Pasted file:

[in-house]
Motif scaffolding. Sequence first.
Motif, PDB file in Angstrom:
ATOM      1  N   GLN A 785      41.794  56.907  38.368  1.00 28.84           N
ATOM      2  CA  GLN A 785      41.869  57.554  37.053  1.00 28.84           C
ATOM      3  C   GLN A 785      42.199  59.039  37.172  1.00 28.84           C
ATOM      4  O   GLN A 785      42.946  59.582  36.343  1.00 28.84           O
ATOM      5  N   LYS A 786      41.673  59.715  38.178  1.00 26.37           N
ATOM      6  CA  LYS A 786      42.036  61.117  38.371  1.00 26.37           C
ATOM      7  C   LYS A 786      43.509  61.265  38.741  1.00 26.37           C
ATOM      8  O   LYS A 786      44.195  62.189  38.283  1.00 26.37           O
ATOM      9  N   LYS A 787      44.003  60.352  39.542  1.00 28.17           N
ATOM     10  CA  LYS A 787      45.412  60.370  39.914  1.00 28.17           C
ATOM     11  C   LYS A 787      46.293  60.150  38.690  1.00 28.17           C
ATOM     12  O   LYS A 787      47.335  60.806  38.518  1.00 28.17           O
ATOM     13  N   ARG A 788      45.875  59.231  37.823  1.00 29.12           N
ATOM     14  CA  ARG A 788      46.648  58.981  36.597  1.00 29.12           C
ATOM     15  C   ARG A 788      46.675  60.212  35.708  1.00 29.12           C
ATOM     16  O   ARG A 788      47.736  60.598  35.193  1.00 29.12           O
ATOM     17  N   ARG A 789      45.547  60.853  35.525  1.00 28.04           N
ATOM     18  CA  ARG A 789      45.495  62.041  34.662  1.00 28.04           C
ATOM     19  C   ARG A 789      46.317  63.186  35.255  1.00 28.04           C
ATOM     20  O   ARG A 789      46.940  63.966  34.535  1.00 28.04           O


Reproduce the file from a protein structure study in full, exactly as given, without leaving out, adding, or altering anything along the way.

[in-house]
Motif scaffolding. Sequence first.
Motif, PDB file in Angstrom:
ATOM      1  N   GLN A 785      41.794  56.907  38.368  1.00 28.84           N
ATOM      2  CA  GLN A 785      41.869  57.554  37.053  1.00 28.84           C
ATOM      3  C   GLN A 785      42.199  59.039  37.172  1.00 28.84           C
ATOM      4  O   GLN A 785      42.946  59.582  36.343  1.00 28.84           O
ATOM      5  N   LYS A 786      41.673  59.715  38.178  1.00 26.37           N
ATOM      6  CA  LYS A 786      42.036  61.117  38.371  1.00 26.37           C
ATOM      7  C   LYS A 786      43.509  61.265  38.741  1.00 26.37           C
ATOM      8  O   LYS A 786      44.195  62.189  38.283  1.00 26.37           O
ATOM      9  N   LYS A 787      44.003  60.352  39.542  1.00 28.17           N
ATOM     10  CA  LYS A 787      45.412  60.370  39.914  1.00 28.17           C
ATOM     11  C   LYS A 787      46.293  60.150  38.690  1.00 28.17           C
ATOM     12  O   LYS A 787      47.335  60.806  38.518  1.00 28.17           O
ATOM     13  N   ARG A 788      45.875  59.231  37.823  1.00 29.12           N
ATOM     14  CA  ARG A 788      46.648  58.981  36.597  1.00 29.12           C
ATOM     15  C   ARG A 788      46.675  60.212  35.708  1.00 29.12           C
ATOM     16  O   ARG A 788      47.736  60.598  35.193  1.00 29.12           O
ATOM     17  N   ARG A 789      45.547  60.853  35.525  1.00 28.04           N
ATOM     18  CA  ARG A 789      45.495  62.041  34.662  1.00 28.04           C
ATOM     19  C   ARG A 789      46.317  63.186  35.255  1.00 28.04           C
ATOM     20  O   ARG A 789      46.940  63.966  34.535  1.00 28.04           O